When something does work out, I capitalise on it – I design variations and tweak bits to see what can be improved or changed for the better.
Experimentation is absolutely paramount in design. It is one thing to imagine the possibilities, and something else entirely to try it. Playing with a design has untold benefits, from serendipitous results to learning from mistakes. I personally try to experiment outside of the boundaries of projects, however interesting or open-ended briefs prompt exploration of ideas and experimenting with all manner of things. Every designer should always take time to remove all logical boundaries and simply play with the endless elements available in the design world.
I have always been a highly critical person in all areas of my life, including design. Criticism is not something to be feared – It should be welcomed. Designers should destroy their own work and the works of others to feed off the mistakes and mishaps to better themselves. If at all possible, get fresh eyes on a project, even if it’s in the concept stage, and pull it apart layer by layer to figure out what should stay and what is damaging either the project or the end product. Self-critique is essential, and one should always challenge oneself. Designers should also have open discussions about their work, opening up and allowing your work to be picked apart, based on both personal preference and unbiased analysis.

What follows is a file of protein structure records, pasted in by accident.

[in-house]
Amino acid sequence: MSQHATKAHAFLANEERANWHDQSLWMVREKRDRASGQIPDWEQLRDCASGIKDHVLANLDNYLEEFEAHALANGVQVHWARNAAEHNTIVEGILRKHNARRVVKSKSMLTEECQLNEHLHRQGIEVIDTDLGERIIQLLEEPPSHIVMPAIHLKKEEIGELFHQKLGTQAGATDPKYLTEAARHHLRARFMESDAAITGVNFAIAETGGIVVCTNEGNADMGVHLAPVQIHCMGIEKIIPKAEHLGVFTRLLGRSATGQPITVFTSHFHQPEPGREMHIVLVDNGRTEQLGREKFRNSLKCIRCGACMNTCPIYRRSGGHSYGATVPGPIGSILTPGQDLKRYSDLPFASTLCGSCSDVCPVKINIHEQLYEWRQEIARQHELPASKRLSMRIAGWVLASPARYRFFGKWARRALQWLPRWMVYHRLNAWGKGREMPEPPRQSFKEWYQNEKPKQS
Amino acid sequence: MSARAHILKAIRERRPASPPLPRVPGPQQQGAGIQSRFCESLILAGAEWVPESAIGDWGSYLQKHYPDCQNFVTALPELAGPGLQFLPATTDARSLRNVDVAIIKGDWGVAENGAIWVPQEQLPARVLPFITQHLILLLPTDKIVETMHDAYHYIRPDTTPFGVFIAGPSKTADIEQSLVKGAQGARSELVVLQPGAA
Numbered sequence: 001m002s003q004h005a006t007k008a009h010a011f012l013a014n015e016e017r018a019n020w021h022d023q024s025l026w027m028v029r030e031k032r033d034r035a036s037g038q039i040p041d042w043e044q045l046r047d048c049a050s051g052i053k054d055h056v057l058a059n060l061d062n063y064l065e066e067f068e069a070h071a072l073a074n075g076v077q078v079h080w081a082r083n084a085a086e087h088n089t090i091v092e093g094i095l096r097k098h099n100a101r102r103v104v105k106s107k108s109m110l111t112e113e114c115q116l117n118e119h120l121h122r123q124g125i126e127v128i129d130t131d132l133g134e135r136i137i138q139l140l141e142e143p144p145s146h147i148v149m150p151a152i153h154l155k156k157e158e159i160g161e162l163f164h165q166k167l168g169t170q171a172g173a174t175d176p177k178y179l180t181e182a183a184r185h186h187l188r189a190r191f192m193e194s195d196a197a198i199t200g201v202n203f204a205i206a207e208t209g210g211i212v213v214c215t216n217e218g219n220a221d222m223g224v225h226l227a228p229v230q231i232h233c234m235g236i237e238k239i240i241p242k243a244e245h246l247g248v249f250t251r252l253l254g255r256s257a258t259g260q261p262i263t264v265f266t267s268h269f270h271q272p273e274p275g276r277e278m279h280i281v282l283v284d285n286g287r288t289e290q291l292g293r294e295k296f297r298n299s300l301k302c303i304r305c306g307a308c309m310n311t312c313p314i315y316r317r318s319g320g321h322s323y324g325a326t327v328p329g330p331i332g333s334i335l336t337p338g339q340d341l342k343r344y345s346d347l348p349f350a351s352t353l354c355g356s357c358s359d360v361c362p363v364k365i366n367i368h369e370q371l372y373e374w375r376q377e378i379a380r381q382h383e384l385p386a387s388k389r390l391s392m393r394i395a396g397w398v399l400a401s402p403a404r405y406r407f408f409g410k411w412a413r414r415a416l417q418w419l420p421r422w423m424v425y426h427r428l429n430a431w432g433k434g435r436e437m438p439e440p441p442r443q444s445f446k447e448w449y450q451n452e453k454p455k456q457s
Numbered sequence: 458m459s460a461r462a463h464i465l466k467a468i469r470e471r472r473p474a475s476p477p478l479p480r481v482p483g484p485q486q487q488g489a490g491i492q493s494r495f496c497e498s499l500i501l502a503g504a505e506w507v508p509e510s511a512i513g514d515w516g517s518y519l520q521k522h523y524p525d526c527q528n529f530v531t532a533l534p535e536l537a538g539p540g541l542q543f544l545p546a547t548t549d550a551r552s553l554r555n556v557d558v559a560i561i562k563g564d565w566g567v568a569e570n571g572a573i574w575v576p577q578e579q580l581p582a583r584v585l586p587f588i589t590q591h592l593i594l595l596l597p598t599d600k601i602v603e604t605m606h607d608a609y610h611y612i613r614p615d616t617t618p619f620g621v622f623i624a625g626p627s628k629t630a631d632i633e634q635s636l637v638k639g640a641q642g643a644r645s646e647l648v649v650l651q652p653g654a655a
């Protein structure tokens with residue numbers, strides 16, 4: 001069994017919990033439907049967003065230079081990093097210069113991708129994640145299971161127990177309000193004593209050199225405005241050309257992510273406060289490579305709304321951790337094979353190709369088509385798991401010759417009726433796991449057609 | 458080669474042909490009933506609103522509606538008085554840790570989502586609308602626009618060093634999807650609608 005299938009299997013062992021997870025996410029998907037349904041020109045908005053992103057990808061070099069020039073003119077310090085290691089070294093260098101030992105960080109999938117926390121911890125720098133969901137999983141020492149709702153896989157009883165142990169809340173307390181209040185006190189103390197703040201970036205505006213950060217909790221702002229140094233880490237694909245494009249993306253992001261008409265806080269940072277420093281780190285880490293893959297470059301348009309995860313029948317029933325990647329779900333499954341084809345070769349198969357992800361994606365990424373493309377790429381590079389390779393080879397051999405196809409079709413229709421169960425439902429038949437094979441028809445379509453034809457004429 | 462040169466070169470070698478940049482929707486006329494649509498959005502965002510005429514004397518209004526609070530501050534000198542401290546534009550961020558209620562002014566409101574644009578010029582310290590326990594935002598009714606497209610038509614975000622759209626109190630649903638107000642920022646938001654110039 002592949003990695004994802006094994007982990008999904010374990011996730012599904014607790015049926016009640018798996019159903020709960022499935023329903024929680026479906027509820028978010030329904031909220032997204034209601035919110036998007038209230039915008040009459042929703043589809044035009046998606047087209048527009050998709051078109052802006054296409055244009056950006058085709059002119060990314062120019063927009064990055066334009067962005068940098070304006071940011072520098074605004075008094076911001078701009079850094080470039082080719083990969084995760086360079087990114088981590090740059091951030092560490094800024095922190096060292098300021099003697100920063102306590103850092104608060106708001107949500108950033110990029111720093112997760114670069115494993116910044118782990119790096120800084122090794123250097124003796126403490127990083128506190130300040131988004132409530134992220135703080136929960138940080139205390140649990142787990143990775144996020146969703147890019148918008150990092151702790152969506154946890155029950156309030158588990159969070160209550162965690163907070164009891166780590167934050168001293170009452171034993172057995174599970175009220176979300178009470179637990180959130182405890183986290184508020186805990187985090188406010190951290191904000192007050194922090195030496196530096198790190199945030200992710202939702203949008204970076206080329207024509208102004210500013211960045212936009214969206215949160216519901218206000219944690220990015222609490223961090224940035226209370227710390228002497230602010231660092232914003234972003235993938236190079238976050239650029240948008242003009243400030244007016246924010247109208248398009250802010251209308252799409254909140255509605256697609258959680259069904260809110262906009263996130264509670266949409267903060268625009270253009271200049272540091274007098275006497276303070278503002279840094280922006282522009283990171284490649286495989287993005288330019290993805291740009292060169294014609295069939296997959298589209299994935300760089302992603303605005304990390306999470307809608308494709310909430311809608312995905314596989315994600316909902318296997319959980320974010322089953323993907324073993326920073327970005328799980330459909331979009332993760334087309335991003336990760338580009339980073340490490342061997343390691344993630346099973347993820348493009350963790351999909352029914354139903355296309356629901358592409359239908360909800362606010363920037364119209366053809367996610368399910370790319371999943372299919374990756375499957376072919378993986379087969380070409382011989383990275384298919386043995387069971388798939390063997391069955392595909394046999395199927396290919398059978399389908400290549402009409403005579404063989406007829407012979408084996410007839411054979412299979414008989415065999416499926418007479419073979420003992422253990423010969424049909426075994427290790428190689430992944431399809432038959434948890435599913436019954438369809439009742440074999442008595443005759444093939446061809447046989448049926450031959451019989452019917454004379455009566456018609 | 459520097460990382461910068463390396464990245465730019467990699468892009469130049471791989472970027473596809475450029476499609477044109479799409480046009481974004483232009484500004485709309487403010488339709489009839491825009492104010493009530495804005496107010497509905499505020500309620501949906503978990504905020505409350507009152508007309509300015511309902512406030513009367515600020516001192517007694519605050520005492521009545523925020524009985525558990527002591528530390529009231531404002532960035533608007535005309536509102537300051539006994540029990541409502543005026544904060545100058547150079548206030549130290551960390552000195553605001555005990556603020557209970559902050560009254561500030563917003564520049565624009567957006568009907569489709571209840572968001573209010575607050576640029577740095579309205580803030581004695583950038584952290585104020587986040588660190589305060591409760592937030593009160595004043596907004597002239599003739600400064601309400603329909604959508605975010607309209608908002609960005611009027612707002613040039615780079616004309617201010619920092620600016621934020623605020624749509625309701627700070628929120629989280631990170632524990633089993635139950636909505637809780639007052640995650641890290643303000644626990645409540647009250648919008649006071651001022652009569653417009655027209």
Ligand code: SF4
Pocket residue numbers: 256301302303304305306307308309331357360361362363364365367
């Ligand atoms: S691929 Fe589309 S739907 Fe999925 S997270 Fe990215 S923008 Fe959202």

They say the Devil is in the details. Sometimes, they say God is in them. I don’t know about that, but what I do know is that the details, no matter how seemingly small and insignificant they are compared to the whole, they are extremely important. If nobody notices, then you’ve done the job well!
Following on, we as designers should collaborate and mix with each other. After all, the basic premise of graphic design is communication and spreading social information.
Networking in the 21st Century is both easier and far, far more pronounced than ever. The entire world is linked together instantaneously, therefore it is a case of “who you know” like never before. Websites, blogs, galleries, Flickr, Linkdin, Reddit, and Twitter are all immense social media methods which all organically feed off each other, allowing you to spread your work and ideas across a colossal platform consisting of not just designers, but other “creatives” and the general public as well.
Researching stuff related to a brief is one thing, but it is always limited. In this day and age, we are literally bombarded with information, ideas and visuals. It is impossible to keep track of everything, so it is important to genuinely observe and absorb everything you can, whether you like it or not. Get out and experience things, to really taste what the world has to offer, even if it’s a minute detail. You may not even remember where you got the inspiration from, but the point is you have it.